Boston Car Accident Scenarios: Who’s at Fault?

August 5, 2021 | Attorney, Matthew Dolman
Boston Car Accident Scenarios: Who’s at Fault? It's likely the first question anyone would ask after being injured in a Boston car accident is: Who was at fault? No one plans for an accident, and an accident can be a severe disruption to your life, even if the only damage was to your car. You naturally want to know who caused the accident, and for the harm your body and property sustained. Establishing fault is complicated, and will depend on the scenario. Regardless, Boston car accident injuries are expensive, and the injuries themselves can completely alter the course of one's life. In Boston, individuals who suffer minor injuries in car accidents must first seek compensation for their injuries through their own no-fault personal injury protection (PIP) policy. However, you can step outside of the no-fault process and seek compensation for the at-fault (liable) party through a personal injury lawsuit if your accident-related medical expenses exceed $2,000, or if the accident caused:
  • The death of a loved one
  • Loss of hearing, sight, or a limb
  • Significant or permanent disfigurement
  • A fractured bone
If a car accident injured you because of another's careless or reckless actions, a Boston car accident attorney can help you understand whether you have a claim beyond PIP and can bring your case on your behalf.

Common Boston Car Accident Scenarios

In the thick of the COVID-19 pandemic, the number of traffic crashes in Boston decreased by 38 percent on interstates, and by 8 percent on city streets. Unfortunately, while the decrease in accidents is good news, the types of accidents more likely to result in fatalities—such as those involving bicyclists or pedestrians—increased. Boston's statistics align closely with the national pandemic averages, which tell a troubling story. When adjusted for travel volumes, Boston saw an increase of an alarming 31 percent in the number of overall traffic-related fatalities. One of the major sources of this increase was an estimated 45 percent increase in vehicle speeds as people traveled on the less-congested roadways during the shutdowns. As society returns more and more to pre-pandemic activity levels, the congestion on the city's streets is also returning, and will probably ratchet the numbers of accidents back up again. Here is a look at some common types of accident scenarios occurring on Boston's roadways.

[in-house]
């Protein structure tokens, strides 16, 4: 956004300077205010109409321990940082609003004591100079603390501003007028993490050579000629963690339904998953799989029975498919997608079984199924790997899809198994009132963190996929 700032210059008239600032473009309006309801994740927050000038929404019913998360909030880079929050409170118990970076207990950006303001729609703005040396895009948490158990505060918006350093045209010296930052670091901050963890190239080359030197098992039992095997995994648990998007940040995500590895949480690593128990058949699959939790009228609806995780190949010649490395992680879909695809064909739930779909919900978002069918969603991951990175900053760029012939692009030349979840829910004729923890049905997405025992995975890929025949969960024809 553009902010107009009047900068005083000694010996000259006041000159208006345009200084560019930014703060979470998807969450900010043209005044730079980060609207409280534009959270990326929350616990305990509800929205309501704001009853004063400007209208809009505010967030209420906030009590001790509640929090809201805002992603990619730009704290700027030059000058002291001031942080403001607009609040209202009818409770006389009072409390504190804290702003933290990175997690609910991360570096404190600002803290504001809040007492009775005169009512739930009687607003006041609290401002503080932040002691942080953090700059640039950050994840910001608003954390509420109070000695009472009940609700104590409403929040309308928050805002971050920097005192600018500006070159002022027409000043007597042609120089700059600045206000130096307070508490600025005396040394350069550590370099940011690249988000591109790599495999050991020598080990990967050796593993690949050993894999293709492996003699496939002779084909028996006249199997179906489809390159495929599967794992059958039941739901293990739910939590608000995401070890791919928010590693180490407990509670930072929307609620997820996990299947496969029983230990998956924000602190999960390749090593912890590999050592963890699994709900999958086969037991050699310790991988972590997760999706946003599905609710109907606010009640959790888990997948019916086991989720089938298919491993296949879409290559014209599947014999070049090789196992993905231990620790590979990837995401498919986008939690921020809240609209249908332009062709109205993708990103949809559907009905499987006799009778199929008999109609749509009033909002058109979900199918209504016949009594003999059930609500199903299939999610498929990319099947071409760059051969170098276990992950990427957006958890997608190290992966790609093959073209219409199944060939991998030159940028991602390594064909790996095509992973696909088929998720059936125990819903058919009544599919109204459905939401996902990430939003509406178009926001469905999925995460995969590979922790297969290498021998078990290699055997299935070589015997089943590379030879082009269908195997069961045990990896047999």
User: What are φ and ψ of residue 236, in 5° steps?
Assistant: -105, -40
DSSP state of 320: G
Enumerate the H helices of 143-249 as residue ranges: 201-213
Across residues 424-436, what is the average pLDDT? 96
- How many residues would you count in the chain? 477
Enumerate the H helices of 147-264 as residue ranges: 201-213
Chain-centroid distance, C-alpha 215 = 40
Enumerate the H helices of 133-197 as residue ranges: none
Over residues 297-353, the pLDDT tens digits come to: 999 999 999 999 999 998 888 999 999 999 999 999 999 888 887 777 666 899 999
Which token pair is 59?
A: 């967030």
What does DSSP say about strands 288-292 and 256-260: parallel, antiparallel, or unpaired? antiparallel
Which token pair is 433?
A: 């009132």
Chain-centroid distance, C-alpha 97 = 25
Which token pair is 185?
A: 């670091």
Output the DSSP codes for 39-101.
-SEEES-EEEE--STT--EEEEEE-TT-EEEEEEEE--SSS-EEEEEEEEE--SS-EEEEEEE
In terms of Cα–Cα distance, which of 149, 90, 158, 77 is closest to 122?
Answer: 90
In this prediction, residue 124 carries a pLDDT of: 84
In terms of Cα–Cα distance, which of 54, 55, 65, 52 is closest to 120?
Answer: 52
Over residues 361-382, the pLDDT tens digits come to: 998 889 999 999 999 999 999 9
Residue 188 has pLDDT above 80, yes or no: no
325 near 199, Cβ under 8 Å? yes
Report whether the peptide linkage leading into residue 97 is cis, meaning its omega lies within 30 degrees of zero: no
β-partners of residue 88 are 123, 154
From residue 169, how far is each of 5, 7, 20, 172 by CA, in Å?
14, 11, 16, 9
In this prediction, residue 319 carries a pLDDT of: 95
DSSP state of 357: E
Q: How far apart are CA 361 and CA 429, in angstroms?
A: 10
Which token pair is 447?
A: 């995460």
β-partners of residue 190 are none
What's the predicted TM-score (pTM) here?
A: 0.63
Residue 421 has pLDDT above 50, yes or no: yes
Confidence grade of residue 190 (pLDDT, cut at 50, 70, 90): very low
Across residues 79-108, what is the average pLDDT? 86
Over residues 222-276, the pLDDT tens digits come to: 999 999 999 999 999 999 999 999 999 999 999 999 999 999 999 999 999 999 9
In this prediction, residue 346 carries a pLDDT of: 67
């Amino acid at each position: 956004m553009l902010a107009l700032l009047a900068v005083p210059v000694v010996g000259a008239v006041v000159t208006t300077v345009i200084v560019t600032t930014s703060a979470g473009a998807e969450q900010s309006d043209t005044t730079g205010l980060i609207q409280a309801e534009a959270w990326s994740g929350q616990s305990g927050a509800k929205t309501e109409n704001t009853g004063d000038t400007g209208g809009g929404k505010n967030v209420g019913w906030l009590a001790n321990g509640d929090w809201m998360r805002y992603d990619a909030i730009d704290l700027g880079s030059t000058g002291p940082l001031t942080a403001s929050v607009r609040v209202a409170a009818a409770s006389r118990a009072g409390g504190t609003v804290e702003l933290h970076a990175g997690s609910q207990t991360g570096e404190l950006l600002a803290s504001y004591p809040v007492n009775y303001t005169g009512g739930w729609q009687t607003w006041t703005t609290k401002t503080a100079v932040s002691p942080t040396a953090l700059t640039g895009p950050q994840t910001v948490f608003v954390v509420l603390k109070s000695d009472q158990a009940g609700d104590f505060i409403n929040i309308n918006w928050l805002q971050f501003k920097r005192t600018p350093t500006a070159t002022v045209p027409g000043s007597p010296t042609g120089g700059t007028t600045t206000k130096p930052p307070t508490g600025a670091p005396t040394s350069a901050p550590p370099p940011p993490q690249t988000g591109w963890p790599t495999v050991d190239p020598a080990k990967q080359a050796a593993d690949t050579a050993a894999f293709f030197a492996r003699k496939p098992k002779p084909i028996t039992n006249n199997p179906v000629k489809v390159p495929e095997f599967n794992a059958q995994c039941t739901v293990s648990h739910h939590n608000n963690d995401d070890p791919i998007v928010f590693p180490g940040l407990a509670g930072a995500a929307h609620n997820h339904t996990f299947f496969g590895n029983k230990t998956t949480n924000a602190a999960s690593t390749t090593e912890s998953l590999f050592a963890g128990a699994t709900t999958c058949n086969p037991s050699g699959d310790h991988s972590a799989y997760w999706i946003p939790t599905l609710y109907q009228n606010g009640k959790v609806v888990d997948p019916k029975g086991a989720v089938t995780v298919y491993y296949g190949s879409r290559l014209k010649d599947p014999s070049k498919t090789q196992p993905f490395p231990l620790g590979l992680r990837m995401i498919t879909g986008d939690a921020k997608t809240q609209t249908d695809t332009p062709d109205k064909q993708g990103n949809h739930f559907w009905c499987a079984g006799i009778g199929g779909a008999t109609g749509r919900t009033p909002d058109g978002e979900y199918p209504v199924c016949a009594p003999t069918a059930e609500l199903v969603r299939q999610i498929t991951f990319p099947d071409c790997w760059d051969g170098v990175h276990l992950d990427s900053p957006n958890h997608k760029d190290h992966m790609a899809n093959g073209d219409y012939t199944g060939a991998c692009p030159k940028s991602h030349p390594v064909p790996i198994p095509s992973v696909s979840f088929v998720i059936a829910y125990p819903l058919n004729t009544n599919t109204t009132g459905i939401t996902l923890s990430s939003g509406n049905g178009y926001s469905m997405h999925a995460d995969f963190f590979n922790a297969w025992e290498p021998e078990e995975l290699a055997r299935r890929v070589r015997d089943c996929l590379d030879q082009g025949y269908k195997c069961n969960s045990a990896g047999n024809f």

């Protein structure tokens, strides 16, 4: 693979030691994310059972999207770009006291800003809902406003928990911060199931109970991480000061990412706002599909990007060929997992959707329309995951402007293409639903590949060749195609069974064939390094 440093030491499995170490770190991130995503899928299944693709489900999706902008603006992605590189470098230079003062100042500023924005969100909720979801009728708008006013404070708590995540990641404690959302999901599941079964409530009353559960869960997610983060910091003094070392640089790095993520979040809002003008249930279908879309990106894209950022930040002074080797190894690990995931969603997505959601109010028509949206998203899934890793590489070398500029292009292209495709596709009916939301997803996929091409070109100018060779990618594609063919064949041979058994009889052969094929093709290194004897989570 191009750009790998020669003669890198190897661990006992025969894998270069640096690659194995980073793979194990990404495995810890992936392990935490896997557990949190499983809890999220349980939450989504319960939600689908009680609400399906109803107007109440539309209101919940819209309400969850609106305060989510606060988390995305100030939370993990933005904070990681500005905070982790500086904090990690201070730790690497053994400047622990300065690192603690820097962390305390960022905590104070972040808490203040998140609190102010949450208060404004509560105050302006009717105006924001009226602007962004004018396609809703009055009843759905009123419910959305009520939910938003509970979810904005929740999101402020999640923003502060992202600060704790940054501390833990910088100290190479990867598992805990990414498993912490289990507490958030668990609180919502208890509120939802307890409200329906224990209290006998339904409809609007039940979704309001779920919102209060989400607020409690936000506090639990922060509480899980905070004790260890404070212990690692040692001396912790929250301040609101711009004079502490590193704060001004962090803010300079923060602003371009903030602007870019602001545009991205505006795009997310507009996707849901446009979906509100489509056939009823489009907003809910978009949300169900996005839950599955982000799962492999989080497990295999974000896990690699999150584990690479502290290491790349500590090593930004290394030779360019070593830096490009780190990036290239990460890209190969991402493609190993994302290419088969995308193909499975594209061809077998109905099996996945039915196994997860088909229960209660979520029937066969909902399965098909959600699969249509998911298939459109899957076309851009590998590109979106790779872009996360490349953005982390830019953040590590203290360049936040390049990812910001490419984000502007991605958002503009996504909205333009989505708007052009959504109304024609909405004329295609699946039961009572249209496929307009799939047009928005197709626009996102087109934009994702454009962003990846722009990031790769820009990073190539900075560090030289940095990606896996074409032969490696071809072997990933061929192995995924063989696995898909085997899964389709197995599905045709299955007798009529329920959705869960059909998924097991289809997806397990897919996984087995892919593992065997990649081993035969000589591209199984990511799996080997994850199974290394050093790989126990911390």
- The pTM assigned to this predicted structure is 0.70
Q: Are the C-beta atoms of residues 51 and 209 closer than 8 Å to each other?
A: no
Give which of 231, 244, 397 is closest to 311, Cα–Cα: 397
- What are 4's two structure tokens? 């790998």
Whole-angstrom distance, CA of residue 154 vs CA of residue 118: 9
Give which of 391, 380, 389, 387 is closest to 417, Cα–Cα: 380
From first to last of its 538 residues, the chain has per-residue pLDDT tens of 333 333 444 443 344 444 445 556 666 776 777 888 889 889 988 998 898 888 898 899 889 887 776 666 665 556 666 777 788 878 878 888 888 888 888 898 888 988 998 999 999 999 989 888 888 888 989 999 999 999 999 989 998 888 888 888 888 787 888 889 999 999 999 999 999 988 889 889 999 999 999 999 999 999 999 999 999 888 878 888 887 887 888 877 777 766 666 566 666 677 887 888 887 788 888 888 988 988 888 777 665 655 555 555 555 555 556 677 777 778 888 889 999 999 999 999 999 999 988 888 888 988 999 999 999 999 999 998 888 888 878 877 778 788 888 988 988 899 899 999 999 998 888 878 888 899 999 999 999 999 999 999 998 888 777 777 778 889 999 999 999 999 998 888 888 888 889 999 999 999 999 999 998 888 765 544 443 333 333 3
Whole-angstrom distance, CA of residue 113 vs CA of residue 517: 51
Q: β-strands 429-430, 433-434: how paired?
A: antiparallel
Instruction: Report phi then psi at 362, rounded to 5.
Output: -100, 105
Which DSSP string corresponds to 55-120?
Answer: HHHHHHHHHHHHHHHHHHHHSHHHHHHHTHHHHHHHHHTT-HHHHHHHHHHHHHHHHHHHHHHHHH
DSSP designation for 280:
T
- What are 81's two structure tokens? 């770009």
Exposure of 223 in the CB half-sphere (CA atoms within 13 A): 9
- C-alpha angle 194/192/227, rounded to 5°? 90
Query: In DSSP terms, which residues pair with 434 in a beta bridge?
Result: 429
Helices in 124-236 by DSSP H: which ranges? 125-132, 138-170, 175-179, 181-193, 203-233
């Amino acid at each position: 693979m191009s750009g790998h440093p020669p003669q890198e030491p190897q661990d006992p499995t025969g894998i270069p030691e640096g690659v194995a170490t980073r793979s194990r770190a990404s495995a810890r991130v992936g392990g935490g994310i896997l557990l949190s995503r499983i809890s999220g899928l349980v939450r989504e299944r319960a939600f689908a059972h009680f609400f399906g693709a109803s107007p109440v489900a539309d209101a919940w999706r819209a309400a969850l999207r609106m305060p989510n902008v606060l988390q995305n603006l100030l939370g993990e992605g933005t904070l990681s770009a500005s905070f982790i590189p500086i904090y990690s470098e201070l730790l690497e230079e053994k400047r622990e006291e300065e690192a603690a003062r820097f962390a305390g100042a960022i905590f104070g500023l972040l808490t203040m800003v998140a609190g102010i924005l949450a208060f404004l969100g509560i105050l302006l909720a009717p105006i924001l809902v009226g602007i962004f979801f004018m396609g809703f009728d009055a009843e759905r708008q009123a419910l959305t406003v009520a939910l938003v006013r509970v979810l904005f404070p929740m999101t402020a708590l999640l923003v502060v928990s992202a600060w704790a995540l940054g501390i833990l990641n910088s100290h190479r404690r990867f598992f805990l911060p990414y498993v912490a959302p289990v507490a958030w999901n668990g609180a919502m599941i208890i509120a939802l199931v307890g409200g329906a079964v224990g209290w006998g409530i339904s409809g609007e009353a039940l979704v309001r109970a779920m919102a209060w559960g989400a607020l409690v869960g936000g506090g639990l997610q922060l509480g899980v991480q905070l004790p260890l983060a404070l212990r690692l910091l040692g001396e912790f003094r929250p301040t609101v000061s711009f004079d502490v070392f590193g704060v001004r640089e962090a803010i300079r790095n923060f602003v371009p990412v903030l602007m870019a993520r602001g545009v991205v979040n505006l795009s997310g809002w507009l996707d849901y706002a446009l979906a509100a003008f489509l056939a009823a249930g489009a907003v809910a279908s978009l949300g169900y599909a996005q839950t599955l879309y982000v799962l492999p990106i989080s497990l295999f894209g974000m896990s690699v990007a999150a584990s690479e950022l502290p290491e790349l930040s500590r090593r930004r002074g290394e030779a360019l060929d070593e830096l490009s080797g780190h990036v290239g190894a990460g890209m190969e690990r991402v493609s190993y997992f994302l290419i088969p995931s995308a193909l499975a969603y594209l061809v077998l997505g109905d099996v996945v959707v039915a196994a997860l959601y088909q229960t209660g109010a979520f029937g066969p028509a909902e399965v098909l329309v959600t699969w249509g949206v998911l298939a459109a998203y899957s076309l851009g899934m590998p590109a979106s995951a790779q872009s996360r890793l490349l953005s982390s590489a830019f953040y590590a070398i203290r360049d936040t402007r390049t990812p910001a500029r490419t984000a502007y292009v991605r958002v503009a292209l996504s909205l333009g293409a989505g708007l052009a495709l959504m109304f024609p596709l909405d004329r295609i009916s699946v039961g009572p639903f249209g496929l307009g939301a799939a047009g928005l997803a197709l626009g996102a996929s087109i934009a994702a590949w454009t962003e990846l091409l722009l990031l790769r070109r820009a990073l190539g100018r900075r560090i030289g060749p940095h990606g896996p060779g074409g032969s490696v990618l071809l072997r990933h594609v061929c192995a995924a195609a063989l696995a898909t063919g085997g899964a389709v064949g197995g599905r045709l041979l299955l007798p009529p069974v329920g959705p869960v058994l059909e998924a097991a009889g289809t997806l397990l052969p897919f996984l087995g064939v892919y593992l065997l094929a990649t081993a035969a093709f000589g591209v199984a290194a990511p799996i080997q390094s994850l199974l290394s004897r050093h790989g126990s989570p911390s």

Broadside Collisions

Also known as a T-bone or a side-impact crash, a broadside collision is a particularly dangerous type of accident in which the front of one vehicle collides with the side of another. This type of accident most often occurs in an intersection. Injuries are generally most severe for the occupants sitting on the side of the struck vehicle. This is because the vehicle's doors generally do not carry the same protections and areas that provide a natural cushion from the force of the crash. Crash severity also increases for occupants of the smaller vehicle if there is a large size discrepancy between the two vehicles. Who's at Fault? Broadside collisions are the cause of one driver's failure to yield the right-of-way to another driver. Intersections are most often where these accidents occur because these are the areas where vehicles traveling in one direction will always have to yield to drivers in other directional travel lanes. The driver who failed to yield right-of-way generally caused the accident, whether the front or side of their vehicle was struck.

Left-Turn Accident